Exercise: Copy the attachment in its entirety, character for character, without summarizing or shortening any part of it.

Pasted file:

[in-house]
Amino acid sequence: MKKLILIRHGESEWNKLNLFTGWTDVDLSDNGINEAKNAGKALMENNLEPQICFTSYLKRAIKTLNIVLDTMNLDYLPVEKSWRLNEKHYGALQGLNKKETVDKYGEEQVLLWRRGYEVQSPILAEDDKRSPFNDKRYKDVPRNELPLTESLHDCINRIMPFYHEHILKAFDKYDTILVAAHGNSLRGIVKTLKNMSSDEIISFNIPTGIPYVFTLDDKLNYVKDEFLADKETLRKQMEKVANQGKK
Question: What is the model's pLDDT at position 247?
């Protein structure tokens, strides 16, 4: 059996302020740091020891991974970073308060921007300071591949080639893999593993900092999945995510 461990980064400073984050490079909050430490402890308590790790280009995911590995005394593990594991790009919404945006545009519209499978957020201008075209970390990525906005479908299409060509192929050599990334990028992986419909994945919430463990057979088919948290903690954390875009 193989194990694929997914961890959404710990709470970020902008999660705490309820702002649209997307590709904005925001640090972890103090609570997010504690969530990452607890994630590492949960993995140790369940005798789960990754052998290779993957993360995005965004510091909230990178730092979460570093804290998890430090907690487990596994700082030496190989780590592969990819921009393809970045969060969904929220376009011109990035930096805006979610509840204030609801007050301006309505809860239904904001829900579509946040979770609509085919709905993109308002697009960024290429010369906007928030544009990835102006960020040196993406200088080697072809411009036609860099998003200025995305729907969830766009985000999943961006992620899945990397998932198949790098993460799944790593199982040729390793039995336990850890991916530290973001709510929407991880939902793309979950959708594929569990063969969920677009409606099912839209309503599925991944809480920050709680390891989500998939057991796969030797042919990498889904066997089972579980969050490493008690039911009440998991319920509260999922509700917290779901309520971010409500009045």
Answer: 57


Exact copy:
[in-house]
Amino acid sequence: MKKLILIRHGESEWNKLNLFTGWTDVDLSDNGINEAKNAGKALMENNLEPQICFTSYLKRAIKTLNIVLDTMNLDYLPVEKSWRLNEKHYGALQGLNKKETVDKYGEEQVLLWRRGYEVQSPILAEDDKRSPFNDKRYKDVPRNELPLTESLHDCINRIMPFYHEHILKAFDKYDTILVAAHGNSLRGIVKTLKNMSSDEIISFNIPTGIPYVFTLDDKLNYVKDEFLADKETLRKQMEKVANQGKK
Question: What is the model's pLDDT at position 247?
């Protein structure tokens, strides 16, 4: 059996302020740091020891991974970073308060921007300071591949080639893999593993900092999945995510 461990980064400073984050490079909050430490402890308590790790280009995911590995005394593990594991790009919404945006545009519209499978957020201008075209970390990525906005479908299409060509192929050599990334990028992986419909994945919430463990057979088919948290903690954390875009 193989194990694929997914961890959404710990709470970020902008999660705490309820702002649209997307590709904005925001640090972890103090609570997010504690969530990452607890994630590492949960993995140790369940005798789960990754052998290779993957993360995005965004510091909230990178730092979460570093804290998890430090907690487990596994700082030496190989780590592969990819921009393809970045969060969904929220376009011109990035930096805006979610509840204030609801007050301006309505809860239904904001829900579509946040979770609509085919709905993109308002697009960024290429010369906007928030544009990835102006960020040196993406200088080697072809411009036609860099998003200025995305729907969830766009985000999943961006992620899945990397998932198949790098993460799944790593199982040729390793039995336990850890991916530290973001709510929407991880939902793309979950959708594929569990063969969920677009409606099912839209309503599925991944809480920050709680390891989500998939057991796969030797042919990498889904066997089972579980969050490493008690039911009440998991319920509260999922509700917290779901309520971010409500009045």
Answer: 57